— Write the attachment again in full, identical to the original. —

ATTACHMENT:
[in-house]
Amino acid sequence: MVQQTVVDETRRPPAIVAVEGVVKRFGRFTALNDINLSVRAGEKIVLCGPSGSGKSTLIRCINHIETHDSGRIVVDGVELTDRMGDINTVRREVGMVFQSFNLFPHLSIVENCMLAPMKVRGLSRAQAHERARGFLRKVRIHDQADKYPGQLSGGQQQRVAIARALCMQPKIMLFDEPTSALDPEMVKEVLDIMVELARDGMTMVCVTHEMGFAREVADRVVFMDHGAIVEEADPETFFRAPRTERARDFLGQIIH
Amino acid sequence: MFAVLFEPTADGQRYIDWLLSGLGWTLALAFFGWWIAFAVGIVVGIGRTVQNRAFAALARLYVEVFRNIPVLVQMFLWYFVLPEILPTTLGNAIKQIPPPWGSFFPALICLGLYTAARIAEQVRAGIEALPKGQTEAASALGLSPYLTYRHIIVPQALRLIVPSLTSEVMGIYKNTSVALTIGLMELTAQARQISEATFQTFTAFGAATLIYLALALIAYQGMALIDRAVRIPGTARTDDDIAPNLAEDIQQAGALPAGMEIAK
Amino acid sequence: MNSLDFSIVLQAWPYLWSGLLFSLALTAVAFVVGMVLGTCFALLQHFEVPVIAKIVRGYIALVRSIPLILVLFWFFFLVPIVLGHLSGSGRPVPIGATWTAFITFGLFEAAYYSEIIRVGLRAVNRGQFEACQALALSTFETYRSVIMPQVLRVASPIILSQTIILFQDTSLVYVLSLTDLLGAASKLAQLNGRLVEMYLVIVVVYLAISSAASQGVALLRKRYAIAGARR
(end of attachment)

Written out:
[in-house]
Amino acid sequence: MVQQTVVDETRRPPAIVAVEGVVKRFGRFTALNDINLSVRAGEKIVLCGPSGSGKSTLIRCINHIETHDSGRIVVDGVELTDRMGDINTVRREVGMVFQSFNLFPHLSIVENCMLAPMKVRGLSRAQAHERARGFLRKVRIHDQADKYPGQLSGGQQQRVAIARALCMQPKIMLFDEPTSALDPEMVKEVLDIMVELARDGMTMVCVTHEMGFAREVADRVVFMDHGAIVEEADPETFFRAPRTERARDFLGQIIH
Amino acid sequence: MFAVLFEPTADGQRYIDWLLSGLGWTLALAFFGWWIAFAVGIVVGIGRTVQNRAFAALARLYVEVFRNIPVLVQMFLWYFVLPEILPTTLGNAIKQIPPPWGSFFPALICLGLYTAARIAEQVRAGIEALPKGQTEAASALGLSPYLTYRHIIVPQALRLIVPSLTSEVMGIYKNTSVALTIGLMELTAQARQISEATFQTFTAFGAATLIYLALALIAYQGMALIDRAVRIPGTARTDDDIAPNLAEDIQQAGALPAGMEIAK
Amino acid sequence: MNSLDFSIVLQAWPYLWSGLLFSLALTAVAFVVGMVLGTCFALLQHFEVPVIAKIVRGYIALVRSIPLILVLFWFFFLVPIVLGHLSGSGRPVPIGATWTAFITFGLFEAAYYSEIIRVGLRAVNRGQFEACQALALSTFETYRSVIMPQVLRVASPIILSQTIILFQDTSLVYVLSLTDLLGAASKLAQLNGRLVEMYLVIVVVYLAISSAASQGVALLRKRYAIAGARR